Free Bees

My wife and I are trying to paint the house this year and have discovered a substantial carpenter bee nesting area under the eve. We don’t want to have them exterminated because we love these nice bees. The hive is inside the sofet and are accessible to the right bee charmer.

Can anyone recommend a bee keeper who wants to relocate these pleasant bees?

9 Comments

edgeways

about 10 years ago

Perhaps ask the extension service, or UoM etymology dept for referrals? (both are easily google-able)

Bret

about 10 years ago

Contact the Northeastern Minnesota Beekeepers Association.  They have a facebook page.

WEMO

about 10 years ago

Thanks for the advice !!

Les F

about 10 years ago

I always thought carpenter bees were considered destructive (when eating into the boards on your house) and not "friendly," to me honey bees would be considered friendly. If I am mistaken can someone enlighten me?

WEMO

about 10 years ago

I'm not a professional, but here's what I see on swarms --  
mnbeekeepers.com/swarm.html

Bad Cat!

about 10 years ago

It's awesome that you're looking to relocate, rather than just exterminate the bees!

sinae

about 10 years ago

Carpenter bee vs. Honey bee: I think I'd choose to be a Honey bee Queen.... 

Social/Solitary
The honeybee works in a colony to take care of the young. The carpenter bee is a solitary bee.

The female carpenter bee has the ability to drill through wood and build a nest. A group of honeybees looks for a sheltered location such as a hollow tree to develop its colony.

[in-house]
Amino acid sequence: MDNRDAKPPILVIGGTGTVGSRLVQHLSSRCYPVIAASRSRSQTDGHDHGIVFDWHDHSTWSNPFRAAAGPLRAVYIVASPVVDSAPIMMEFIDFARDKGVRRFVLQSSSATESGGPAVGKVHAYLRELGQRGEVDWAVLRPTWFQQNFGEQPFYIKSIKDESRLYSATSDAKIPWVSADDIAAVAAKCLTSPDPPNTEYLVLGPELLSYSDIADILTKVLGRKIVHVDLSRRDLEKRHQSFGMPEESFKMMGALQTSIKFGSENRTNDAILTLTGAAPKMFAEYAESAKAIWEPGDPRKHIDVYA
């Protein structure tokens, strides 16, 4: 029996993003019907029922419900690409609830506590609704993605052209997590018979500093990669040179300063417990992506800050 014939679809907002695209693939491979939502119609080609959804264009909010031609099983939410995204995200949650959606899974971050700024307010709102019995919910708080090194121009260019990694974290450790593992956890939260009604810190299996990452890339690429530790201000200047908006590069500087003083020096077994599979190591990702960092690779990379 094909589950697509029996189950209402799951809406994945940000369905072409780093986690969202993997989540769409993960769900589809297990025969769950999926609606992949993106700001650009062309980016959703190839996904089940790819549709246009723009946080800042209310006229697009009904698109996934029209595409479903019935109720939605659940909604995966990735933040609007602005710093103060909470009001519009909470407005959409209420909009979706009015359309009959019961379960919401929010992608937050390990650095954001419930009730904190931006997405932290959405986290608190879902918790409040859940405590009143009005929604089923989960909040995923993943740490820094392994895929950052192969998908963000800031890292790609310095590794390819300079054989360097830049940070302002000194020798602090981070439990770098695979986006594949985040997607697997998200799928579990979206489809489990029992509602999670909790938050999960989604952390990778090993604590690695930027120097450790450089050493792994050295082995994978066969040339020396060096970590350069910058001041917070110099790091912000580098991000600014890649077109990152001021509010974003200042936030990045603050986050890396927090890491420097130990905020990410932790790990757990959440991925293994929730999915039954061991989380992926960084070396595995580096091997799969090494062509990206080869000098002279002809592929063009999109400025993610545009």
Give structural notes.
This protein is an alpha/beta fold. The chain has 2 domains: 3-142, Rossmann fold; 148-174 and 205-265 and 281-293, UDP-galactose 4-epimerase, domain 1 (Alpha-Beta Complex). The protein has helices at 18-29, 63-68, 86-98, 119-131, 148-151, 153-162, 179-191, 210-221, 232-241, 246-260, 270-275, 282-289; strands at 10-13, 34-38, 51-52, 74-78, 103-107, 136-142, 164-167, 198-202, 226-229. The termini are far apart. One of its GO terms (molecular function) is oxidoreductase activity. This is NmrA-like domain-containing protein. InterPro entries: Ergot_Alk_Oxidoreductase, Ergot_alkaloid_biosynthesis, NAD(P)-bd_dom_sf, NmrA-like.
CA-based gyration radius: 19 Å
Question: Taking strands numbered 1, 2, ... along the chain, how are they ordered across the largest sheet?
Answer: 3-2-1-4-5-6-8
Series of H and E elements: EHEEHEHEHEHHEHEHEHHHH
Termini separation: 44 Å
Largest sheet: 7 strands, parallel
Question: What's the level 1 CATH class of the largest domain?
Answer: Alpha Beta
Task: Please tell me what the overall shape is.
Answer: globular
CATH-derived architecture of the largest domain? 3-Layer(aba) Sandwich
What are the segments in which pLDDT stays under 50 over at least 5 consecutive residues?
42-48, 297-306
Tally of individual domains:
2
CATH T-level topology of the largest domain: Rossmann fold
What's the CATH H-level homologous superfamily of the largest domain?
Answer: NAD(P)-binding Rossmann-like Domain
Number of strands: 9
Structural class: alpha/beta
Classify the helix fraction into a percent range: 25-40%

In a honeybee colony there is a queen, who makes the eggs; a sterile female worker bee, who takes care of the young; and a male drone, who fertilizes the queen.

Because female carpenter bees take care of their own young, all adult females can reproduce.

A new honeybee queen will mate with a number of drones before flight. She will establish her new colony with a group of worker bees.

The adult female carpenter bee comes out of hibernation in spring to mate with the adult male. She then builds a nest in woody material to lay eggs.

Leave a Comment

Only registered members can post a comment , Login / Register Here

Do NOT follow this link or you will be banned from the site!
Read previous post:
“Wishes Come True, Not Free”: Review of Into the Woods

Sondheim's Into the Woods, with its incorporation of fractured fairy tales, may seem like kid's stuff at first glance. In...

Close